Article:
Meet Your Neighbors
It Took a Tanager
On the green roof
Photo: Dave Jagodzinski
On a fateful spring day at Glenbard West High School, in the western Chicago
suburb of Glen Ellyn, Illinois, Alice Eastman’s ecology teacher, Rick
Billings, led the class outdoors to show them wildflowers.
“He told us, ‘Leave your books here. It’s too nice out,’” Eastman
says. “I thought, ‘I have to do this.’” On that excursion,
she vividly remembers seeing her first scarlet tanager.
For Eastman, it was a singular moment, responsible for putting her
chin-deep in restoration work, nature programming, paperwork, outreach,
and staffing as manager of natural resources and interpretive services
for the Downers Grove
Park District. Downers Grove is one of a growing number of park
districts that see a major part of their mission as promoting people’s
interactions with wild nature. Out of 603 acres the Park District owns,
it manages 180 acres in a natural state at Belmont Prairie and Lyman
Woods, in addition to smaller pockets.
“I still didn’t have any idea there was so much biodiversity
in the western suburbs until six or seven years ago,” says Eastman. “Then
I took burn training at Lyman. I was amazed. I’m thrilled to death
it’s mine to take care of now.”
When she started with the district in 2003, Eastman took over the restoration of Belmont and Lyman.
“There were places you literally had to hack through buckthorn,” she
says. Eastman supervises volunteers and staff in clearing such invasive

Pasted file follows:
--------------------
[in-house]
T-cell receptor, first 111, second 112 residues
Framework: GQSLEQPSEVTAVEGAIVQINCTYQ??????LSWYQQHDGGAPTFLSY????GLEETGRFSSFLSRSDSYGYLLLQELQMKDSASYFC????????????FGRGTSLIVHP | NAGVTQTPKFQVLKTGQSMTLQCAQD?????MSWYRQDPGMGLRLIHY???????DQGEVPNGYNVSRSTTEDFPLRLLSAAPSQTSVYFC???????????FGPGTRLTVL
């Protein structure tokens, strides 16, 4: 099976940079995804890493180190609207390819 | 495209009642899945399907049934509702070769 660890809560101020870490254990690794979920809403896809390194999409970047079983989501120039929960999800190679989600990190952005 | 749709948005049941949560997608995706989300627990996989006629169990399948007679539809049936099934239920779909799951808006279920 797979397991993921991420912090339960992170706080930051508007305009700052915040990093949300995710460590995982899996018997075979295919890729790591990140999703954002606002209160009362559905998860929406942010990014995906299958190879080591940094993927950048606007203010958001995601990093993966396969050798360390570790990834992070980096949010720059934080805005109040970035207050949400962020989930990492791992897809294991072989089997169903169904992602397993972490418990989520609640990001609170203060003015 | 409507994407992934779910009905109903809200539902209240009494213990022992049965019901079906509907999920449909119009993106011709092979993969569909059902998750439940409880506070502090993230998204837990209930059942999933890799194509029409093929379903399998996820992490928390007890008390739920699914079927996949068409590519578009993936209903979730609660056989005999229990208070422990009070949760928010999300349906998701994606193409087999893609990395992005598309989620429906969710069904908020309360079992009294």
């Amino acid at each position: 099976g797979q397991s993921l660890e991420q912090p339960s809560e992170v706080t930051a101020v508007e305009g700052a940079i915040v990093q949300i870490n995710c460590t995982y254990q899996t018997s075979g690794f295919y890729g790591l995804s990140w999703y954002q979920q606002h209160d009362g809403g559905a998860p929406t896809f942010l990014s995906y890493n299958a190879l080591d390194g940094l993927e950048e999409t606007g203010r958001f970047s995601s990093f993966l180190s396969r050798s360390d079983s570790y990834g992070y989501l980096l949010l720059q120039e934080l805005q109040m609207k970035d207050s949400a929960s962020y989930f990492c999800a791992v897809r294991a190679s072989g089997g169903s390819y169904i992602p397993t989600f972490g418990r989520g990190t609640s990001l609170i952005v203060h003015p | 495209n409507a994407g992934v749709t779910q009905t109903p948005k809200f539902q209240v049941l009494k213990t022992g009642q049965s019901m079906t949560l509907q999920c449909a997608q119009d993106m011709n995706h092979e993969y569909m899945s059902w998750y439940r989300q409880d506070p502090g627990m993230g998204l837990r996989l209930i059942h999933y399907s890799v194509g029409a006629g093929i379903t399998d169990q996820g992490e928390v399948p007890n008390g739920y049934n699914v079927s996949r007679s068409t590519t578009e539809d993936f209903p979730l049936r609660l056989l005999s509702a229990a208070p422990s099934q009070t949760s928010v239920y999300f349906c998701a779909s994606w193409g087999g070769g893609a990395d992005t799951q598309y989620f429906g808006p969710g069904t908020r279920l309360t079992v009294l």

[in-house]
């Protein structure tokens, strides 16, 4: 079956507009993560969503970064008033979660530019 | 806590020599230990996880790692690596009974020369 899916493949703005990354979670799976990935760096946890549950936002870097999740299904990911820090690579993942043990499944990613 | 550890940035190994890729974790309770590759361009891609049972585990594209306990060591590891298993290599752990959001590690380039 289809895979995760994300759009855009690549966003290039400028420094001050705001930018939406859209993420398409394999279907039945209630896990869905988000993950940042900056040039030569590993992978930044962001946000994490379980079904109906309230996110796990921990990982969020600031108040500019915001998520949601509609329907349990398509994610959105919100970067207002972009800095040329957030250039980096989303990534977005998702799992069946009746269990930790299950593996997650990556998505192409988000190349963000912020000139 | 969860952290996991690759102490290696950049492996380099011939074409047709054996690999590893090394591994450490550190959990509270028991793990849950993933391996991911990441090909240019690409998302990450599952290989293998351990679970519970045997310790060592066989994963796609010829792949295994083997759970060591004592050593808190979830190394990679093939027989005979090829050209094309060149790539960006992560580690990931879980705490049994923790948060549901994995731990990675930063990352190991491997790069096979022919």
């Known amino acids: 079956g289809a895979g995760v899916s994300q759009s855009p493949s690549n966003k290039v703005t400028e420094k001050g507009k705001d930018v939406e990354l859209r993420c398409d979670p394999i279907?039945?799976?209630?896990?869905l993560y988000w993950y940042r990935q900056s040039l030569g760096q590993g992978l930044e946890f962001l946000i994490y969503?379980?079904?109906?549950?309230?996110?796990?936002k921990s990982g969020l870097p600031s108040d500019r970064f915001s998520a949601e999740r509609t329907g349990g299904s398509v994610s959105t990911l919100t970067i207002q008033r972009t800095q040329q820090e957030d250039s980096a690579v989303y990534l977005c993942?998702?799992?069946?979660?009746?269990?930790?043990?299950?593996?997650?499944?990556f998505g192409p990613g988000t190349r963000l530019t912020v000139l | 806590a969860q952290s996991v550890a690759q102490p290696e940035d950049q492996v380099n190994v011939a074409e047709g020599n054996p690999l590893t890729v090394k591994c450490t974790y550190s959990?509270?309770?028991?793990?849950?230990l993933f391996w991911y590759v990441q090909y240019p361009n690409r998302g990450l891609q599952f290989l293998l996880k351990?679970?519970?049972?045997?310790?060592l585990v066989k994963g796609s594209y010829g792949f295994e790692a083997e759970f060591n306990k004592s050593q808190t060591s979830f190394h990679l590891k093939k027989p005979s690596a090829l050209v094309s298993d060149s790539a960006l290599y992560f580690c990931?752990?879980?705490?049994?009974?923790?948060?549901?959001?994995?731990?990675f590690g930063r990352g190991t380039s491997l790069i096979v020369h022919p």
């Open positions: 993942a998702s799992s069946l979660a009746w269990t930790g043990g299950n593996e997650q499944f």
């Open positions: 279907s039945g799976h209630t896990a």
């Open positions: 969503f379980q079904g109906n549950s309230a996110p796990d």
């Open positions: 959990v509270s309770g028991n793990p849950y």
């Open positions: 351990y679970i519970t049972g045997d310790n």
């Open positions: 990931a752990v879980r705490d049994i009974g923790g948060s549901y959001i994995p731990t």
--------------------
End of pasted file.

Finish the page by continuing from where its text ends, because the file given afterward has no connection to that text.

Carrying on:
species, and she and the park forester also supervise burn crews. “Now we’re
seeing natives like Jacob’s ladder, Dutchman’s breeches, and trout lily.”
Monitors also have reported redheaded woodpeckers and saw-whet owls.
One of Eastman’s jobs is simply keeping Lyman Woods from washing away.“Water blows
through tributaries to Lacey Creek after a rain event and takes the streambanks
with it.” Her exacting vision guides contractors in Lyman’s Streambank Stabilization
Project, which includes expanding streamside wetlands to slow and filter runoff from nearby office complexes.
Chief among Eastman’s other assignments is to coordinate the Park District’s interpretive
program, which starts with giving children an “enthusiastic, creative, and magical learning
experience” through first-hand exploration.
Eastman shaped her educational philosophy early on, when she landed her
first naturalist job at the hands-on Spring Brook Nature Center in Itasca. “I
learned to spend time with an oak,” she remembers. “That’s
what a five-year-old does and that’s where the curriculum starts.”
After nine years with the Wheaton Park District, Eastman came on board with
Downers Grove in time to help open the Lyman Woods Interpretive
Center. She created the bulk of the center’s exhibits and programs,
including “TIMBER Packs,” backpacks that contain everything a kid could want
for an adventure in the preserves. Eastman even helped Eagle Scouts construct a periscope,
camouflaged as a tree, that gives a view of the plants, birds, and bugs atop the center’s green roof.
Eastman directs the Wetlands Education Program, which serves 600 fifth-graders
and won the Illinois Parks & Recreation Association’s 2003
Outstanding Conservation Program of the Year. Additionally, she created the “Little
Sprouts” program, in which teachers and naturalists — costumed
as Chef Soil, high-fashion flowers, and pollinating bees and butterflies — guide
first-graders through learning stations.
A thriving volunteer corps helps staff the interpretive center and
maintain the preserves. According to Gordon Goodman, chair of the Pierce
Downer’s Heritage Alliance, Alice’s people skills, as
well as her expertise and imagination keep the volunteers highly engaged.
(Interested? Call (630) 963-1304.)
When she gets a chance, Eastman bikes on the Illinois
Prairie Path near her home, where she lives with her husband and
two kids. Her job keeps her at the preserves a lot, though. “It’s
trying to take over my life,” she says happily. “But it’s
kind of a good takeover.”
— Alison Carney Brown